The best of EcoWatch, right in your inbox. Sign up for our email newsletter!
Cleveland Indians Unveil Wind Turbine atop Progressive Field
By Alice Henly
Used with Permission of NRDC - Switchboard
This morning the Cleveland Indians unveiled their revolutionary wind turbine, the first of its kind to sit atop a ballpark.
After three years of work planning, designing and building the innovative corkscrew-shaped turbine in partnership with Cleveland State University’s Fenn College of Engineering, the Indians secured the turbine on top of the southeast corner of Progressive Field in the space of only a couple of hours.
“We will first lift and install the triangular steel platform, then raise and secure the turbine,” said Brad Mohr, the Indians’ assistant director of Ballpark Operations. “It will be fully installed by lunchtime.”
The relatively short installation process is likely benefited by the fact that Mohr’s team doesn’t have to transport the turbine very far to its final resting point. In fact, the 3,000-pound turbine was strategically assembled in the players’ parking lot at Progressive Field to cut down on transportation emissions and costs.
Over the past couple of months, ironworkers affixed 80 translucent white plastic pieces around a heavy aluminum frame to form the thick corkscrew helix. Today the helix will be attached to the steel base that will hold it in place on the ballpark roof.
With the turbine installed and lit from within by colored LED lights, the Indians will turn next to engaging fans with interactive digital kiosks about wind energy. Fans will be able to pedal away on stationary bikes installed around the ballpark to try and generate as much power as the turbine.
“This is a great opportunity to teach fans about the importance of clean energy technologies,” said Mohr.
As I describe in my blog announcing the Indians’ plans for a turbine, this isn’t the first renewable energy project the Indians have pioneered in the region. In June 2007 the Indians installed a 42-panel solar electric system—visible to the thousands of fans who pass through the ballpark each game day—that generates enough power to run all 400 televisions throughout Progressive Field with 8.4 kilowatts of clean renewable energy (approximately 10,000 kWh/year).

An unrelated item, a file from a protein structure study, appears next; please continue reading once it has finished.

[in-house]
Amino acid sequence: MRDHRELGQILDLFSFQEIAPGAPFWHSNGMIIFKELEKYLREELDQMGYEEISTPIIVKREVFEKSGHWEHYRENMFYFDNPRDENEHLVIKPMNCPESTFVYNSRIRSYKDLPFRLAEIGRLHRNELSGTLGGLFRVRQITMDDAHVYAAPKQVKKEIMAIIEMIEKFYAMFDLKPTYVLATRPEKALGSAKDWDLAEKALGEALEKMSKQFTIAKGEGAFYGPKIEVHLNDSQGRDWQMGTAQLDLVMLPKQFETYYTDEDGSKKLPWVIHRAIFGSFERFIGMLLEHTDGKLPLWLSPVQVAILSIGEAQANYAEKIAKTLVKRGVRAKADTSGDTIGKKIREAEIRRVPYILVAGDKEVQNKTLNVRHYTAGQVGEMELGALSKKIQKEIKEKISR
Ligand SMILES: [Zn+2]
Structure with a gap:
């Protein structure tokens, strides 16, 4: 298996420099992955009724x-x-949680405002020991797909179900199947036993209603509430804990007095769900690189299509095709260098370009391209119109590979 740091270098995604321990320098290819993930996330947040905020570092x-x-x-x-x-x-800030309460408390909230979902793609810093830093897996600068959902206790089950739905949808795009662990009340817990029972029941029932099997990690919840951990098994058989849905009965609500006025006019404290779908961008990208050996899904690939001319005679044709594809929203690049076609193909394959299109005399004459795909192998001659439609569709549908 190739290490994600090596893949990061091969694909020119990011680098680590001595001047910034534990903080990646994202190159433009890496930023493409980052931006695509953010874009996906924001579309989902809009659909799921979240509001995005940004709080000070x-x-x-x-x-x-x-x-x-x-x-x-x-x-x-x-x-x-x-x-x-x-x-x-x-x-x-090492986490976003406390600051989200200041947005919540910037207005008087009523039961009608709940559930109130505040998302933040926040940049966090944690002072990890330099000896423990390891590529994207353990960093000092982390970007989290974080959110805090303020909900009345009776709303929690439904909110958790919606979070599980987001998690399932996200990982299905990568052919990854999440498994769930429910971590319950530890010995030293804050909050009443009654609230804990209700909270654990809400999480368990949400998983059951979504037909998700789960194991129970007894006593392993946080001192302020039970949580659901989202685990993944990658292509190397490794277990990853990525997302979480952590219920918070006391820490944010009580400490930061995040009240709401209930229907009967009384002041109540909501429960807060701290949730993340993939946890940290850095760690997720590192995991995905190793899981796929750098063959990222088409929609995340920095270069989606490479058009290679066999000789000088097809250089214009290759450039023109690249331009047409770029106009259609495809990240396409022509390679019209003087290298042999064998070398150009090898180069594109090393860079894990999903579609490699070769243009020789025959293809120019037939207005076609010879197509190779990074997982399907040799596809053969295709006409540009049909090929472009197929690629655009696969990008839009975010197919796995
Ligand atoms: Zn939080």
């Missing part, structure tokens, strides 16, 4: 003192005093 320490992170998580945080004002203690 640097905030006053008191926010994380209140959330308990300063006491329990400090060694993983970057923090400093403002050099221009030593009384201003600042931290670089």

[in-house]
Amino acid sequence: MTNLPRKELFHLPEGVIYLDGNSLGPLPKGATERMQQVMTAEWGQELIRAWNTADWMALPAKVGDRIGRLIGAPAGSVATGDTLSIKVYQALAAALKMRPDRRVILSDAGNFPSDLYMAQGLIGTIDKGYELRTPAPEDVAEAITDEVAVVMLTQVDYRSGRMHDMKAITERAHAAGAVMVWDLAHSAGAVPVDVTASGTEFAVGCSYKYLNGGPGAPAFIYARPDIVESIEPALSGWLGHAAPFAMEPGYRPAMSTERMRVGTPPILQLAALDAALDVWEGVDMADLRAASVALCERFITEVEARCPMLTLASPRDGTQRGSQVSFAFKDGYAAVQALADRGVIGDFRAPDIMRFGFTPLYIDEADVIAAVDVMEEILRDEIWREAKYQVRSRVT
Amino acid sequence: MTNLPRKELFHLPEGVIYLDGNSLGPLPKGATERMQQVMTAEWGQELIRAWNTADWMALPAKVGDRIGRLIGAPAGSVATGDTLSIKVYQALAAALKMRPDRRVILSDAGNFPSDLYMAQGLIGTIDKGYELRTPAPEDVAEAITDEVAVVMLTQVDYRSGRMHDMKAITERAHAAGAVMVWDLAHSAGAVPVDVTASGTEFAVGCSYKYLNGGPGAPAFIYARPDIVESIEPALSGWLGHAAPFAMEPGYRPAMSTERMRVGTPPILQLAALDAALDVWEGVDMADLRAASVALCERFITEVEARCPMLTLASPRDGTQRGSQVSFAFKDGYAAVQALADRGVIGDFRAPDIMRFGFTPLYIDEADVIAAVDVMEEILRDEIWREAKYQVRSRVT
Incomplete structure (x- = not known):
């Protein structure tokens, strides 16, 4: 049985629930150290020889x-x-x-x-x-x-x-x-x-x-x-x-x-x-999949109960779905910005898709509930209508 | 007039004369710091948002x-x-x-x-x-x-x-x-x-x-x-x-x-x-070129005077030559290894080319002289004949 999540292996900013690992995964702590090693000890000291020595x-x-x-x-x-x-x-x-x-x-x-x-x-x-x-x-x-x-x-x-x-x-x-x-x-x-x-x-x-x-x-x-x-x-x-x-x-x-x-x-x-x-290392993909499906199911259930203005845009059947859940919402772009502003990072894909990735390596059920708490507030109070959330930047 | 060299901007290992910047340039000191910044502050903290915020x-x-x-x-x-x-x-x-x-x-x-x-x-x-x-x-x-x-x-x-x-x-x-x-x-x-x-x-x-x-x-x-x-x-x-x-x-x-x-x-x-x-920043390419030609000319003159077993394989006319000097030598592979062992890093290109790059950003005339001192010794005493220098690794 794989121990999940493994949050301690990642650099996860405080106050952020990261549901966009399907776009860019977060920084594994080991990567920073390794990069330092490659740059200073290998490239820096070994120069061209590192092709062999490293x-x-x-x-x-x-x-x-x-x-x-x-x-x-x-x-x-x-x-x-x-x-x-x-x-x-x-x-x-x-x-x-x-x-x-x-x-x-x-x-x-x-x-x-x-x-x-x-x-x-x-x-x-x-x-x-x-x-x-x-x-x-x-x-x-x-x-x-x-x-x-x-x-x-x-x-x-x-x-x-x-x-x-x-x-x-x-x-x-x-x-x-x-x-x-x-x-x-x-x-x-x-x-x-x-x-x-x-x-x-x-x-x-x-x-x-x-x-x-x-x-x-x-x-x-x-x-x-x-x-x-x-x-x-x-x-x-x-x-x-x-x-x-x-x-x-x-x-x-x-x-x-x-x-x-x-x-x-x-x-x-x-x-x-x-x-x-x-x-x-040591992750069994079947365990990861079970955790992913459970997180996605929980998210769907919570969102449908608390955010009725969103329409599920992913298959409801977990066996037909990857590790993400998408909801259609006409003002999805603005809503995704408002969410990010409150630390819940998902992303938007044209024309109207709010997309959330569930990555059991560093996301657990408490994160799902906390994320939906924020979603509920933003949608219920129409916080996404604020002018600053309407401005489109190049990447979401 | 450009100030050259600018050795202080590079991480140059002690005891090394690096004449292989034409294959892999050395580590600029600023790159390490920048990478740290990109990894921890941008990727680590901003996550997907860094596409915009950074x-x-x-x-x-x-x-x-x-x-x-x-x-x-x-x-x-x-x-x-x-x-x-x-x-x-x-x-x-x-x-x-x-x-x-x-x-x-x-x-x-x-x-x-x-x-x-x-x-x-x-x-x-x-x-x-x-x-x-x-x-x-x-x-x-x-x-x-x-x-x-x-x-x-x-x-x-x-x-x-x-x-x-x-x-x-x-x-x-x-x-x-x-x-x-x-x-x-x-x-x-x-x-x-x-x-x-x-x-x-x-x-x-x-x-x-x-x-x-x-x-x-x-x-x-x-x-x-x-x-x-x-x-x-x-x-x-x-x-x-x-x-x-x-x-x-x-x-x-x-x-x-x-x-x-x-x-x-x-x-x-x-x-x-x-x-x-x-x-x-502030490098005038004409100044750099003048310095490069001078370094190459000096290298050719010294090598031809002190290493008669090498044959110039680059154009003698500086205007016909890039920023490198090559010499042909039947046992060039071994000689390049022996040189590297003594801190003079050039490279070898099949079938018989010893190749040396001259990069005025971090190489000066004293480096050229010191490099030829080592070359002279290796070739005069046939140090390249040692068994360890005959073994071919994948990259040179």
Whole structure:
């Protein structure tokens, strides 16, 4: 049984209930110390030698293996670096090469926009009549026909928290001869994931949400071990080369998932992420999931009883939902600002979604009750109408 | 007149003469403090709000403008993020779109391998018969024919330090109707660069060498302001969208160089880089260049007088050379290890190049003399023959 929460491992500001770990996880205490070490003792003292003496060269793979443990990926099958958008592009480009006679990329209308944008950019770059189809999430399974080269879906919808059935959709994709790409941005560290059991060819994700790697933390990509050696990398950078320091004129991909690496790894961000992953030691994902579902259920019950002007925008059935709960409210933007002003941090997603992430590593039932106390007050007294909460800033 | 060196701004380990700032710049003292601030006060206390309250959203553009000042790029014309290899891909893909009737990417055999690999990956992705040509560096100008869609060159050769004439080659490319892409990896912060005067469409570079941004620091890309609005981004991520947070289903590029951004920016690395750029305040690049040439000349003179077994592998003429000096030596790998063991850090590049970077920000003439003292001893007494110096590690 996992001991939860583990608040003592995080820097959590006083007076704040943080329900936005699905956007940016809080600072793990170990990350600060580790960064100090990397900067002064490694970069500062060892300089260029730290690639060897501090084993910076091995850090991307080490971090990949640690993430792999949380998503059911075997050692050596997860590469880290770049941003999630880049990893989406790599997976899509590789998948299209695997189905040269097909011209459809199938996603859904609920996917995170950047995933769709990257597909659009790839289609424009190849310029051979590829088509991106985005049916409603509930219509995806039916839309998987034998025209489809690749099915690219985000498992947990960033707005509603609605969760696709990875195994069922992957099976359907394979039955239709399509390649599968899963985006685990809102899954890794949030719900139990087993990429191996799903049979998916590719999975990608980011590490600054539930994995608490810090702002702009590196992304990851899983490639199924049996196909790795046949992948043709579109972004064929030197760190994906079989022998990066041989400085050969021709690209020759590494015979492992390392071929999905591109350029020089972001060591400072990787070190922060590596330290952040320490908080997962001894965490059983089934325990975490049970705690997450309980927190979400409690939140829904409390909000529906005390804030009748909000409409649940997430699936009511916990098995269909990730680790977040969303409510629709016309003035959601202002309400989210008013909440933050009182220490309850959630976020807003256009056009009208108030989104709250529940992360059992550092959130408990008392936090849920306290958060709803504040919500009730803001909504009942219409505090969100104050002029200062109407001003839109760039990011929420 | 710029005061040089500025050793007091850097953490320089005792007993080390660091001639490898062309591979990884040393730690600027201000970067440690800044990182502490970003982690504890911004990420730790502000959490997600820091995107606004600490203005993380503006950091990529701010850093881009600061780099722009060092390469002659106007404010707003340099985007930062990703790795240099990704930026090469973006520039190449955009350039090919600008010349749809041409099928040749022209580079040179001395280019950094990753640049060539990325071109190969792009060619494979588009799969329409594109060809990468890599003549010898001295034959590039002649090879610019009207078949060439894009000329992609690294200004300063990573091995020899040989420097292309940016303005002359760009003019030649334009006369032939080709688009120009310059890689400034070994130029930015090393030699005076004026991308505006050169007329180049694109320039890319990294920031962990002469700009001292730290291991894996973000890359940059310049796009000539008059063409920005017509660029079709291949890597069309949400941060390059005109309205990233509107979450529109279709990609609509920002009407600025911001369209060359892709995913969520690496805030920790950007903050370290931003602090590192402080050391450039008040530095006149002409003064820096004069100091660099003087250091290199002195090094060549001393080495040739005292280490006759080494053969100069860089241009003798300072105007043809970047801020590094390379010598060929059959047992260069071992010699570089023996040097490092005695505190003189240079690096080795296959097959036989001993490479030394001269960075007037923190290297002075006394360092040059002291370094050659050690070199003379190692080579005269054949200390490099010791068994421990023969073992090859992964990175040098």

Although the solar array is small, the cultural message being sent by the Indians about the need to find environmentally-friendly alternatives to fossil fuels is significant.
In fact, the Indians have an impressive record of environmental initiatives. Since 2008, Mohr’s expanded recycling program—with 125 recycling receptacles around the ballpark—has cut the stadium’s trash tonnage in half and saved the ballpark $50,000 each year.
“That's where we see the financial difference, that and in recycling, avoiding trash being hauled away,” Mohr said. “Green initiatives are here to stay because they save teams money.”
Other noteworthy environmental projects by the Indians include:
- a comprehensive composting program
- fully retrofitting lighting fixtures, bulbs and adding light sensors to increase energy efficiency
- rethinking procedures by decommissioning sections of the stadium when not in use to save big on energy, water, staffing and supplies by using the field more effectively
- only purchasing paper products made of 100 percent post consumer content
- only using Green Seal certified cleaning products
- developing a staff and fan environmental education program with ad campaign taglines such as, “Our Tribe is Green... Are You in the Tribe?”
With help from NRDC and its many greening resources, like the Greening Advisor, the Indians have made impressive strides in improving the efficiency of their operations to save hundreds of thousands of dollars, while benefiting the environment and educating thousands of fans.
For more information, click here.
EcoWatch Daily Newsletter
By Brian Barth
Late fall, after the last crops have been harvested, is a time to rest and reflect on the successes and challenges of the gardening year. But for those whose need to putter around in the garden doesn't end when cold weather comes, there's surely a few lingering chores. Get them done now and you'll be ahead of the game in spring.
By Bailey Hopp
If you had to choose a diamond for your engagement ring from below or above the ground, which would you pick … and why would you pick it? This is the main question consumers are facing when picking out their diamond engagement ring today. With a dramatic increase in demand for conflict-free lab-grown diamonds, the diamond industry is shifting right before our eyes.
(R) The measles virus pictured under a microscope. PHIL / CDC
The Pacific Island nation of Samoa declared a state of emergency this week, closed all of its schools and limited the number of public gatherings allowed after a measles outbreak has swept across the country of just 200,000 people, according to Reuters.
By Alison Cagle
Rising above the Arizona desert, the Santa Rita Mountains cradle 10,000 years of Indigenous history. The Tohono O'odham Nation, Pascua Yaqui Tribe, and Hopi Tribe, among numerous other tribes, have worshipped, foraged, hunted and laid their ancestors to rest in the mountains for generations.
Native Americans are disproportionately without access to clean water, according to a new report, "Closing the Water Access Gap in the United States: A National Action Plan," to be released this afternoon, which shows that more than two million Americans do not have access to access to running water, indoor plumbing or wastewater services.
By Nanticha Ocharoenchai
In the Czech Republic, horses have become the knights in shining armor. A study published in the Journal for Nature Conservation suggests that returning feral horses to grasslands in Podyjí National Park could help boost the numbers of several threatened butterfly species.